(1) We assume the amplifier has a on-off switch to turn it off, else it will always be on - powered by either the AC supply or the batteries.
                      (2) No specification is given for the BMM max discharge current limit. Will it support 5+ amps peak demand?
                      (3) EDIT: BMM battery charge current is 1.5 A. Two BMMs in parallel will draw 3.0 A. No specification is given for the BMM charge current. The AC PS may not have enough amps to charge multiple battery sets and simultaneously power the amplifier at high volumes.
                      (3) Additional BMMs can wired in parallel with BMM1 and BMM2 for longer run times. Additional amps will be required from the AC PS during charging. EDIT: You'll need at least a 6 A PS just to charge 4 BMMs (see note 3). That's hard to come by in the convenient "Brick" format; easy for a "cage" type supply such as a Meanwell.


                      Attached Files
                      Last edited by Millstonemike; 07-10-2018, 07:34 PM.

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                      • #12
                        Spectacular, thank you! I have a setup with two boards wired in parallel so this should be a straightforward modification.

                        Can you recommend a diode? It seems like the typical IN400x series is a little under-rated for this application.

                        Comment


                        • #13
                          Originally posted by jdhill View Post
                          Spectacular, thank you! I have a setup with two boards wired in parallel so this should be a straightforward modification.

                          Can you recommend a diode? It seems like the typical IN400x series is a little under-rated for this application.
                          For a diode I would use one with minimum rating of 100 V and 10 A. PE's Part # 6A-1KV, is 1000 V at 6 amp. I'd put two in parallel.

                          Did you notice that this design is for the new Sure BMMs that Gordy identified. You still have the charge current management issue with the old Sure KAB BMMs.

                          EDIT: BMM max discharge current is 10 A: Very Good. As I stated in the write up, we do not know the max discharge current the Sure BMMs will support. Exceeding that will trip the BMM battery protection. It shouldn't be a problem with an 8 ohm L-R setup. With an additional 2.1 4 ohm sub - can't tell. I will ask Sure about missing spec.'s to see if they will divulge the info.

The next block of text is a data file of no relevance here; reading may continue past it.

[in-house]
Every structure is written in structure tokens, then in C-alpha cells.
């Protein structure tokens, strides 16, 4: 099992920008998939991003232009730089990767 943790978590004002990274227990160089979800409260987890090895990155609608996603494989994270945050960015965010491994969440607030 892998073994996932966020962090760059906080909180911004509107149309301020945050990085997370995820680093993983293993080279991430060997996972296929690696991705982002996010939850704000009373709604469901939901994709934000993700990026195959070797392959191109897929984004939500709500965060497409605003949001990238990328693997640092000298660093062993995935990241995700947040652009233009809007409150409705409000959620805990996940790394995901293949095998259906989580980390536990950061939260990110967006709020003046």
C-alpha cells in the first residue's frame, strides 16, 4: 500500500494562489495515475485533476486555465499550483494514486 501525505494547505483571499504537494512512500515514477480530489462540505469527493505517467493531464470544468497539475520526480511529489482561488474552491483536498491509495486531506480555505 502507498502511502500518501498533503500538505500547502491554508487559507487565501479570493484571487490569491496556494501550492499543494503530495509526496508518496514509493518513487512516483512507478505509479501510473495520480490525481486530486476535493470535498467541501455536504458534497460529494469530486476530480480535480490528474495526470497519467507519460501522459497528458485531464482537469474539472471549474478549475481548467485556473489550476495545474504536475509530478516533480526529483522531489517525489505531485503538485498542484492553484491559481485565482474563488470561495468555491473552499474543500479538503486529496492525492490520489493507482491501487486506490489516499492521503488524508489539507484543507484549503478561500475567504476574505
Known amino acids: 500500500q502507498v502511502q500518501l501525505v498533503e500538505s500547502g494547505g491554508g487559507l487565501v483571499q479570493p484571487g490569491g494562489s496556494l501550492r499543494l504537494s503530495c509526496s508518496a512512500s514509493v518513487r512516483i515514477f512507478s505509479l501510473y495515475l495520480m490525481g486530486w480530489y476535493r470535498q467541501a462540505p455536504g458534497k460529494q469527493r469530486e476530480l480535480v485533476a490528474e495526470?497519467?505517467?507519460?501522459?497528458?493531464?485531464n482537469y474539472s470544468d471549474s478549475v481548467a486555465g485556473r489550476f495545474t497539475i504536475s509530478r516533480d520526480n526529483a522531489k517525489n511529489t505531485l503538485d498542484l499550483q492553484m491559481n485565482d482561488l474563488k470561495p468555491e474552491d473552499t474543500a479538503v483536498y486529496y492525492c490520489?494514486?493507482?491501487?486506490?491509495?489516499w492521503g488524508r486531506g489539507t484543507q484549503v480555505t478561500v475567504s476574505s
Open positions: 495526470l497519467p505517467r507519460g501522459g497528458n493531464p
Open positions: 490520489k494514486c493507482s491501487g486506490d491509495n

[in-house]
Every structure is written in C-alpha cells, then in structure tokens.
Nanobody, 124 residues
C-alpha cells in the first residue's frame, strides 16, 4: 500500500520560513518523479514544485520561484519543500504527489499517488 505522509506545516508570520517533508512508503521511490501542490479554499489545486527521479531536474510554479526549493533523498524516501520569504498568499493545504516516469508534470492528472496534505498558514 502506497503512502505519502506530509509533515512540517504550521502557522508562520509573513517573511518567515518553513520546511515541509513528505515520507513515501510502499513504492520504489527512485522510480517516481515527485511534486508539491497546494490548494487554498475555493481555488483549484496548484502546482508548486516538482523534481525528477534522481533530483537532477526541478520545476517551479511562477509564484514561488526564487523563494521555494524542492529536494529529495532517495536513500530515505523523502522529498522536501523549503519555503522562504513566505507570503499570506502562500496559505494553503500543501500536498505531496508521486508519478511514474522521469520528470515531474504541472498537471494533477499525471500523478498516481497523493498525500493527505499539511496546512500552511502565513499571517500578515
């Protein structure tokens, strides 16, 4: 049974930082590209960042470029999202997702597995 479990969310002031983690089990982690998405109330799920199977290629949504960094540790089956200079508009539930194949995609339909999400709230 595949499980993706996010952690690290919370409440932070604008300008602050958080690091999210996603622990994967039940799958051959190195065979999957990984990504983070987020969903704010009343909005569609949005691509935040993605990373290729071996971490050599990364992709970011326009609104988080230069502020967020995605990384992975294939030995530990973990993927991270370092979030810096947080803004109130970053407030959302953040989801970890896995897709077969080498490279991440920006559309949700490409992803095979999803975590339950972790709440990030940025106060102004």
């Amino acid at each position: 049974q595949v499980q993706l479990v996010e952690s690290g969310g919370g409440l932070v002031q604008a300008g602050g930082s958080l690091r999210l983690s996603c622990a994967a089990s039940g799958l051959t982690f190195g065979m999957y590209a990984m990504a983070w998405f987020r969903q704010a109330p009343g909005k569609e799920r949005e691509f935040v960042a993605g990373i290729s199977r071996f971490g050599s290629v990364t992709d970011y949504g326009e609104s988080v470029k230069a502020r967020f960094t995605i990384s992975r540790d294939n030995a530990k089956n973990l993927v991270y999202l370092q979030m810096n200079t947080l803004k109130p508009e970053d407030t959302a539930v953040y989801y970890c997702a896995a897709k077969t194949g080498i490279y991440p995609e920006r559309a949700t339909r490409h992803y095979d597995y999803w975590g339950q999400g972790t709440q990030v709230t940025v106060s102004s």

What amp are you planning to use? Some lack the gain to fully utilize the 24 V power when fed with a phone headphone output (e.x., the KAB 2 x 50 W amp at 20 dB gain). That's also a design consideration with a BT module feed as well.

                          And as a side note: two BMMs with the highest rated 18650 batteries (Panasonic 3,400 maH rating) will not last very long with a 2.1 setup using a 4 ohm sub at the highest volumes (estimating < 2 hours). Hence, the ability to parallel BMMS for longer run times. Efficient drivers help mitigate that issue as well. It really depends on your application / intended use. And: any 18650 battery rating above 4000 maH is total BS (physics of the Li-Ion chemistry).

                          My 2.1 boombox required high volumes to over come background noise at the edge of the Atlantic, where I'm on the sand for up to 12 hours a day, including afternoon dance parties. I have a custom built 24 V 18 aH Li-Ion battery for that application.

                          Good Luck ...

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                          • #14
                            I have 2 arriving Friday but am out of town and won't be able to get a look at them until we get back. I plan on using the small 2.1 board that I have used in other projects along with the the Sure 4.0 BT board. I order two 4.0 boards, one i think has the amplified line level and I think the other one does not. Not sure how runs times will be impacted but it will be a good test bed to see what the board can do. I am not looking for large power hungry applications. Mainly indoor single room use stuff.

                            I really want to find a way to mitigate the charging LED issue. My board will be inside the enclosure with no way see the charge status.
                            "A dirty shop is an unsafe shop, if you injure yourself in a clean shop you are just stupid" - Coach Kupchinsky

                            The Madeleine
                            The Roxster
                            Swopes 5.0
                            Acoustic Panels
                            Living Room Make Over

                            Comment


                            • #15
                              Originally posted by Gordy View Post
                              I really want to find a way to mitigate the charging LED issue. My board will be inside the enclosure with no way see the charge status.
                              I suggested one of those light, optical fibers. Perhaps carefully epoxied to the LED and then the correct size hole in the enclosure. Not sure how it would work. But I bet you could get some for a buck or two from the auction sites to test.

                              Me, I'd remove the on-board LED and solder wires to the PCB pads with a connector on the end to mate with a connector on the LED mounted to the enclosure.